Written by a psychologist that promotes Positive Psychology. Explains the difference between happiness and well-being, the goal of happiness is to increase life satisifaction. This differs slightly from the goal of well-being which is to flourishing in the five elements that it is made up of:
1. Positive emotion
2. Engagement (flow state, note feelings reduced during this)
3. Meaning (belong to and serve something bigger than yourself)
4. Accomplishment (dedicated to accomplishment for the sake of accomplishment)
5. Positive Relationships
Each of these elements is made up of:
1. Contributes to well-being (not surprising given it is an element of well-being)
2. Many people pursue it for its own sake, not merely to get any of the other elements.
3. It is defined and measured independently of the other elements (exclusivity).
Mentions several studies, which show that by practicing gratitude people’s moods can improve.
One of these study is that every night, set aside ten minutes before you go to sleep, write down three things that went well today and why they went well. Although smaller number of participants it did show to have a greatly positive impact on mood.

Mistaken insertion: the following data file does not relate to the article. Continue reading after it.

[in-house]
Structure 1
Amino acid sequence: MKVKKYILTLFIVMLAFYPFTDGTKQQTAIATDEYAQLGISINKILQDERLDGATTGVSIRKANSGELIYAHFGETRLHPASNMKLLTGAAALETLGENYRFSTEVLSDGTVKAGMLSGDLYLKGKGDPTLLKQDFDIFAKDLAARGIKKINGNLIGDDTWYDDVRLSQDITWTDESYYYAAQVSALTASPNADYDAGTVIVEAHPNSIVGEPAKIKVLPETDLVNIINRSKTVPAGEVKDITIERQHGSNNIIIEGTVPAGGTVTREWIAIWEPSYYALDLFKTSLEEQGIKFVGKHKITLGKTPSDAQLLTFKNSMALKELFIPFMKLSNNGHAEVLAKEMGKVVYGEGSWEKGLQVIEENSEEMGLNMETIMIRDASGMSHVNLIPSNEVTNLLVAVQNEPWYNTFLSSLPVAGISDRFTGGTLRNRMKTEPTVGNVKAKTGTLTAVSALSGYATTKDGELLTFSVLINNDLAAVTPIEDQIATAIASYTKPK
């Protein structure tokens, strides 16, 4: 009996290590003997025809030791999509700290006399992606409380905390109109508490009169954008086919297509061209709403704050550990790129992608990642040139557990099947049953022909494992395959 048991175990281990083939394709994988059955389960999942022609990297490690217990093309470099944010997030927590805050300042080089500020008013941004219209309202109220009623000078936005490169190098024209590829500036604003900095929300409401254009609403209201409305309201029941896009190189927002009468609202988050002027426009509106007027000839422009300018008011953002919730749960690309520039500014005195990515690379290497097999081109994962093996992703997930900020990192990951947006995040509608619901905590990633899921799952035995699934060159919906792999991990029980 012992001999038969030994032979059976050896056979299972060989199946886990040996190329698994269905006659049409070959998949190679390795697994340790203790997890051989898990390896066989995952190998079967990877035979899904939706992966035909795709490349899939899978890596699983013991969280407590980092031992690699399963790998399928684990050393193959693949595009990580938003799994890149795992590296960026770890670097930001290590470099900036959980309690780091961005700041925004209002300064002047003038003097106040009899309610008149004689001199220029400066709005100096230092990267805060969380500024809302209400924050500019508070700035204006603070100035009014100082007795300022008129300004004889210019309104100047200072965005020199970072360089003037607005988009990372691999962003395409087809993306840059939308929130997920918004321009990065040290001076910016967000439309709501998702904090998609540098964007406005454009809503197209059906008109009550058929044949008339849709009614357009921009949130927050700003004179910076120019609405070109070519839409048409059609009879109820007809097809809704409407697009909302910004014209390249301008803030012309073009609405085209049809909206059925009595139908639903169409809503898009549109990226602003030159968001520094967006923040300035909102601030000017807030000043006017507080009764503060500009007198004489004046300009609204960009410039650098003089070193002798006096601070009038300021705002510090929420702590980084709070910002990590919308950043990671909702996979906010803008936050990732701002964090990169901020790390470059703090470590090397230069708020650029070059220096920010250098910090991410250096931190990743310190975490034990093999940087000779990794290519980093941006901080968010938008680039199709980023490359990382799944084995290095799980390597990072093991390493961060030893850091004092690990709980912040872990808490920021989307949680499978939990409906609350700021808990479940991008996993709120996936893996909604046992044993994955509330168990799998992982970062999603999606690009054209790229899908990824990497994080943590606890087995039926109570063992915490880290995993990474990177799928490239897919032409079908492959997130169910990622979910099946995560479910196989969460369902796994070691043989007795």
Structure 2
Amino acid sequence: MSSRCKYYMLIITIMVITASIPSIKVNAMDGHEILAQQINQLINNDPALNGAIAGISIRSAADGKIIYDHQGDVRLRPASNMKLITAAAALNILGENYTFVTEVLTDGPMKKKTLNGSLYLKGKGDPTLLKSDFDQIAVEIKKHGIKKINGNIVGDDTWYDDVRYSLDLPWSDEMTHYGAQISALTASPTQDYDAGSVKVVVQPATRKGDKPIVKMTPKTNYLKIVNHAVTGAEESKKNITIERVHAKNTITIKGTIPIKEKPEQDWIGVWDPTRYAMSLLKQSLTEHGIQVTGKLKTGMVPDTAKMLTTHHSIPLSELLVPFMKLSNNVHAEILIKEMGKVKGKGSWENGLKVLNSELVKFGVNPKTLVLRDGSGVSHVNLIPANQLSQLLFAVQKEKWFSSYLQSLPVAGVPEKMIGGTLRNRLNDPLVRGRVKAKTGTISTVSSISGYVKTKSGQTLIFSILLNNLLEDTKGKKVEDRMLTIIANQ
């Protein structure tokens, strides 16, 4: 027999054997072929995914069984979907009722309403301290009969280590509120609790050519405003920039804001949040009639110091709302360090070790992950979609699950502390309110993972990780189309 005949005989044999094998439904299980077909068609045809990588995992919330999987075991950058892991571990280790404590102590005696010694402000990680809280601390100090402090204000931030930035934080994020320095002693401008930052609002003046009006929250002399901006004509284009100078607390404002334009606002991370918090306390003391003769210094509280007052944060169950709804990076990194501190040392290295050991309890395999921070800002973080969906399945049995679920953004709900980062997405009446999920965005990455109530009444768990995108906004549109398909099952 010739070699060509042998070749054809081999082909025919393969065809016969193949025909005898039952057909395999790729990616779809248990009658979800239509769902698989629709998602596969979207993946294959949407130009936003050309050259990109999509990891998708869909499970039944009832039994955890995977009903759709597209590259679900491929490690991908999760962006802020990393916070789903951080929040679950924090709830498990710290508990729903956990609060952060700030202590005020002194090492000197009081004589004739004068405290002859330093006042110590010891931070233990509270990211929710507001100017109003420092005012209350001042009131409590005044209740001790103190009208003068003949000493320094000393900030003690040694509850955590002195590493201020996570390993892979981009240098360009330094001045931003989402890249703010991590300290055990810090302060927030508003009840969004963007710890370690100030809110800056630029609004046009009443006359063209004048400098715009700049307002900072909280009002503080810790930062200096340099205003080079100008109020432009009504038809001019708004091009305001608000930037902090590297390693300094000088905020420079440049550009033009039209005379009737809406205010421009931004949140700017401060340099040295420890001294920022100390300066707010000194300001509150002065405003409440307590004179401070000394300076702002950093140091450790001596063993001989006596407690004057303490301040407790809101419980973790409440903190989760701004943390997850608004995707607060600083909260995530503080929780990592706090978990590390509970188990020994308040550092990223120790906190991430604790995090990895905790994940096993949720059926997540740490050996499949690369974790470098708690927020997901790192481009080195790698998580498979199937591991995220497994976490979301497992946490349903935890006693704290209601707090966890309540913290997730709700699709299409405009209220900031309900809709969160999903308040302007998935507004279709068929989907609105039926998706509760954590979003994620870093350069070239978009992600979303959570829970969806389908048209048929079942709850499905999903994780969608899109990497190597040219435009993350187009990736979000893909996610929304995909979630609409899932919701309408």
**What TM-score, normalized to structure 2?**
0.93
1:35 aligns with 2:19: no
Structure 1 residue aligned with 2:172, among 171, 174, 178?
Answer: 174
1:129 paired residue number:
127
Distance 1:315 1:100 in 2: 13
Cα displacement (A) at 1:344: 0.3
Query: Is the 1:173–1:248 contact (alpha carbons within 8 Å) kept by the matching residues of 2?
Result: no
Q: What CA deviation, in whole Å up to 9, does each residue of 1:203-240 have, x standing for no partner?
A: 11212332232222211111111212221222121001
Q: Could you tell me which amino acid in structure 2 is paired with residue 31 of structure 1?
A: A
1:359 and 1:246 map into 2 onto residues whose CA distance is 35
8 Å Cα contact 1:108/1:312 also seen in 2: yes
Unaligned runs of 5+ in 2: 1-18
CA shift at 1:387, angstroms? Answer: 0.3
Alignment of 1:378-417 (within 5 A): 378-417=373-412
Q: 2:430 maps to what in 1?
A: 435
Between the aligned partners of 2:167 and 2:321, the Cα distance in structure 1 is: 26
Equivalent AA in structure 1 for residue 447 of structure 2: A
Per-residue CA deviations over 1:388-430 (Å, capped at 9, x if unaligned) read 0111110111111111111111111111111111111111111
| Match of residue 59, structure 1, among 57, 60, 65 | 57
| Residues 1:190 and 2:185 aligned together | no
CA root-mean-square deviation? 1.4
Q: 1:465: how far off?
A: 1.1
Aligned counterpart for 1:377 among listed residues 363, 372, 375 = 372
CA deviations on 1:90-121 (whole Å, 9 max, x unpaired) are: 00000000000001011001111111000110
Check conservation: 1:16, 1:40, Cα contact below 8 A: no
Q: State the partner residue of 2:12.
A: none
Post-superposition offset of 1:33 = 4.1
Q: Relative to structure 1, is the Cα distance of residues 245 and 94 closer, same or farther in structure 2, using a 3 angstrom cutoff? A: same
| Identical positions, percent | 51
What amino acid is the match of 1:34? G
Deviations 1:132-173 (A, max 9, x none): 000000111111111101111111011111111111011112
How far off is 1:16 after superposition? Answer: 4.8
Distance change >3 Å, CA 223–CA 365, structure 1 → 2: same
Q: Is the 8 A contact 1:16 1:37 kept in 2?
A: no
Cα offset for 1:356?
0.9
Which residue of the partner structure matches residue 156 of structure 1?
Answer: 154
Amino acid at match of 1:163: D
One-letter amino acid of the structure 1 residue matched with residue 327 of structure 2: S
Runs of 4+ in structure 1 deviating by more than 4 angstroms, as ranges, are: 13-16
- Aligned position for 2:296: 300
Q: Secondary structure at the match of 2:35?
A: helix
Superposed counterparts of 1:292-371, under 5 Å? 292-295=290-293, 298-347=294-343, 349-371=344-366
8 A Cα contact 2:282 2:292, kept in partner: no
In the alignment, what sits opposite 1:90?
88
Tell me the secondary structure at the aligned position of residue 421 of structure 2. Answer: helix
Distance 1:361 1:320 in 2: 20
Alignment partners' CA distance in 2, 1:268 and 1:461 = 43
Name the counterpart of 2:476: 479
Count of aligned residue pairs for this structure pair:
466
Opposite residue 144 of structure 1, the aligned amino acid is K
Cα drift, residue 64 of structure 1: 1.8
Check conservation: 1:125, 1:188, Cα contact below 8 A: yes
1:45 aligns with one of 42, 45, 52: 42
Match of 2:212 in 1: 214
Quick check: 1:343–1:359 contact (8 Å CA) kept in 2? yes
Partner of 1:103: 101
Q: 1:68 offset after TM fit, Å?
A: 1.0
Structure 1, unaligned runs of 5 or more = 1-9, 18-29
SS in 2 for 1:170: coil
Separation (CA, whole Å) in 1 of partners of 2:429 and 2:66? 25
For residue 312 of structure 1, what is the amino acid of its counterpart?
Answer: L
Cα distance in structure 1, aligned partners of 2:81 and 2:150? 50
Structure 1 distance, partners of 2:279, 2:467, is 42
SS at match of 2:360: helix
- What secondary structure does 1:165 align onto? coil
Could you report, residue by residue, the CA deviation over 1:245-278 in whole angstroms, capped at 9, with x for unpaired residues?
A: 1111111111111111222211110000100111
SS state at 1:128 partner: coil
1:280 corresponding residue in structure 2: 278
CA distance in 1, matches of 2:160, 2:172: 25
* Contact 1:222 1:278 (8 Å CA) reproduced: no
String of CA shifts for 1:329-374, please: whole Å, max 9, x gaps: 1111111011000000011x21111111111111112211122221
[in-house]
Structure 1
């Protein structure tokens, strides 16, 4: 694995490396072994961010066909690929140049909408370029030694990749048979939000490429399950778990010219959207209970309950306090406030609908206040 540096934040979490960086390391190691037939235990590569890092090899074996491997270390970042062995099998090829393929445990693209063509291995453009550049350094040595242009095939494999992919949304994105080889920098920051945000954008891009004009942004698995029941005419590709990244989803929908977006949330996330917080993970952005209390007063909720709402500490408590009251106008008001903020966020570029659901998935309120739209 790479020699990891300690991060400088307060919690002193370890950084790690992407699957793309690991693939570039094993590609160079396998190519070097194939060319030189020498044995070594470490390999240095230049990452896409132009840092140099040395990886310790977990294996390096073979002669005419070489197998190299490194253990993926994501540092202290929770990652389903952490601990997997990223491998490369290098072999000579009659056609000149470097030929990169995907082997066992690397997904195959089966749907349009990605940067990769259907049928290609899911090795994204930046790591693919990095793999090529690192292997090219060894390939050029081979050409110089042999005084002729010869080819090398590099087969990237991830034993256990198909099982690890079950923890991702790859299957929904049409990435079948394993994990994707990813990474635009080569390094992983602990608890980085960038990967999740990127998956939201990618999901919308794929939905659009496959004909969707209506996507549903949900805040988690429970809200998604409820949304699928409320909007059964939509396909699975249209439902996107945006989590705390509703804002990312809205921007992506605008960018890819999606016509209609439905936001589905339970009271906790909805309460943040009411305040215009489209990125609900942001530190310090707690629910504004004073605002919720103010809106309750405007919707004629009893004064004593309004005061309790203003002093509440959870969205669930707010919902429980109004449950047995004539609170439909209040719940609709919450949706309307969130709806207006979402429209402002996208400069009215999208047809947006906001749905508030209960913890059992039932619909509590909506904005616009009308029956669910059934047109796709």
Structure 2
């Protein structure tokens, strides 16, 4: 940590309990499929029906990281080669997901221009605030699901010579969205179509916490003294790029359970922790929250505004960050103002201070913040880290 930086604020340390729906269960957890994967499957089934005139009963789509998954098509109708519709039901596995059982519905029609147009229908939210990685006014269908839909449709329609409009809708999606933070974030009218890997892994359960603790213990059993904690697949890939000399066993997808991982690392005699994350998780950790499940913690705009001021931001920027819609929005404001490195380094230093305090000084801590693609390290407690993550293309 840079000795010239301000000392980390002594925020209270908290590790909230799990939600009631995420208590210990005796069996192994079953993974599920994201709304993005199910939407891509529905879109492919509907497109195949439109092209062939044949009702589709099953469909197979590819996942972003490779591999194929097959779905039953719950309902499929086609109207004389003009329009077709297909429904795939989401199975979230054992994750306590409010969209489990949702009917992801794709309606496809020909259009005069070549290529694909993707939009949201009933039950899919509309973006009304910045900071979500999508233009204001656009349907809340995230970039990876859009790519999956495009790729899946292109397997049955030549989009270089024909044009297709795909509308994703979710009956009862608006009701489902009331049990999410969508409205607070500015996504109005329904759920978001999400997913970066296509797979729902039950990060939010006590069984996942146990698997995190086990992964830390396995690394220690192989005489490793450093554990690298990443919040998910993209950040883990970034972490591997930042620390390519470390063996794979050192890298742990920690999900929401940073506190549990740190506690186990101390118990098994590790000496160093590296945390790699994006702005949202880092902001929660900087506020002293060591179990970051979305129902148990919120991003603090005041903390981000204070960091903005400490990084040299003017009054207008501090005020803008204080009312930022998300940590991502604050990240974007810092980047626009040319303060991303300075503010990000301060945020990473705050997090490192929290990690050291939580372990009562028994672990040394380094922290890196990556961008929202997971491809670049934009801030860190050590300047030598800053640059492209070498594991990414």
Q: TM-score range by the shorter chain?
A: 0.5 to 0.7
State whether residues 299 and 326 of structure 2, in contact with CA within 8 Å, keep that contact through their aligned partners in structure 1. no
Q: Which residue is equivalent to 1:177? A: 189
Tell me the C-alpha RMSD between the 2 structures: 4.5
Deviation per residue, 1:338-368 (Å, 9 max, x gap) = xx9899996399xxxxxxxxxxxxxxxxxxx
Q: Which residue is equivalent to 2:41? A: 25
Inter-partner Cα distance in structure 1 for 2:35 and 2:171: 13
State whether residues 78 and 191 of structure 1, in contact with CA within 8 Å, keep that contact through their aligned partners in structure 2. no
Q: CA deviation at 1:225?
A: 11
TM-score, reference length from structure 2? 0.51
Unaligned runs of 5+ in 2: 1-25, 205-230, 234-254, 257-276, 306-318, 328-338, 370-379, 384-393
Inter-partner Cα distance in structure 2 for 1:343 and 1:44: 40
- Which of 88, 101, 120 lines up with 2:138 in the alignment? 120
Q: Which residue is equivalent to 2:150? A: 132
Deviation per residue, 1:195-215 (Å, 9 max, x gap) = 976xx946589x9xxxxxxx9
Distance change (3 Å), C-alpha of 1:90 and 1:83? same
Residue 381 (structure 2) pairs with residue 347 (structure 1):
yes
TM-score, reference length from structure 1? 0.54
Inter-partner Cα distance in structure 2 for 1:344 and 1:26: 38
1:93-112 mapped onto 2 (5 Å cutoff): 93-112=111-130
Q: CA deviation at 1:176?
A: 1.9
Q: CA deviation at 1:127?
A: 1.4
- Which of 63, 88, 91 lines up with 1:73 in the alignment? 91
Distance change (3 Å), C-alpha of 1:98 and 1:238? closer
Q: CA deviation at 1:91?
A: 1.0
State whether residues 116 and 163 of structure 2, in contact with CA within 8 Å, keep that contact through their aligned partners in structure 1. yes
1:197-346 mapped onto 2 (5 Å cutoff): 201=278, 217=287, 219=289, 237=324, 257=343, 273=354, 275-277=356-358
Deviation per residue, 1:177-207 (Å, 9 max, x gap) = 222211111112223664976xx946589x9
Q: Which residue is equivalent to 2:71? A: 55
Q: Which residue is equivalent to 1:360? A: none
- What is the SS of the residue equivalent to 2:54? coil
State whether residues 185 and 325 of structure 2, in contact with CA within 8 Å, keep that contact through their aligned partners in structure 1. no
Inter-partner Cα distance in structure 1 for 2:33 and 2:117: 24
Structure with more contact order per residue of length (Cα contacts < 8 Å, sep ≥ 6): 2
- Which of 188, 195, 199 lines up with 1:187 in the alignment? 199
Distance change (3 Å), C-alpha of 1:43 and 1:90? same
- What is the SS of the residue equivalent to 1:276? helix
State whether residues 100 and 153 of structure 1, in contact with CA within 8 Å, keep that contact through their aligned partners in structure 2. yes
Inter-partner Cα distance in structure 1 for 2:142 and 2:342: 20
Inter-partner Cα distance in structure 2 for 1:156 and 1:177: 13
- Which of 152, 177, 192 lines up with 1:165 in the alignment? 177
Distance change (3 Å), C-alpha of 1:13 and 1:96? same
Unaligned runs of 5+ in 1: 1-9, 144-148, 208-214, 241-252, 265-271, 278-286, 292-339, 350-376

To forgive, basic motivations or actions regarding the transgressor become more positive (for example, benevolent, kind, generous) and less negative (vengeful, avoidant). Note this differs from forgivingness which is a tenancy to forgive.
Includes a test to find your own strengths or you can do these online and take numerous tests to aid your understanding of yourself and help the author with ongoing research.
“Time on task acts in two ways to increase achievement: it multiplies existing skill and knowledge, and it
also directly increases skill and knowledge. The best news is that effort is very malleable. How much time you devote to a task comes from the exercise of conscious choice—from free will. Choosing to devote time to an endeavor comes from at least two aspects of positive character: self-control and GRIT.”
Want to improve your negotiation skills? Firstly focus on addressing the other side’s needs. Remember, it’s not about you; it’s about them. Be sure to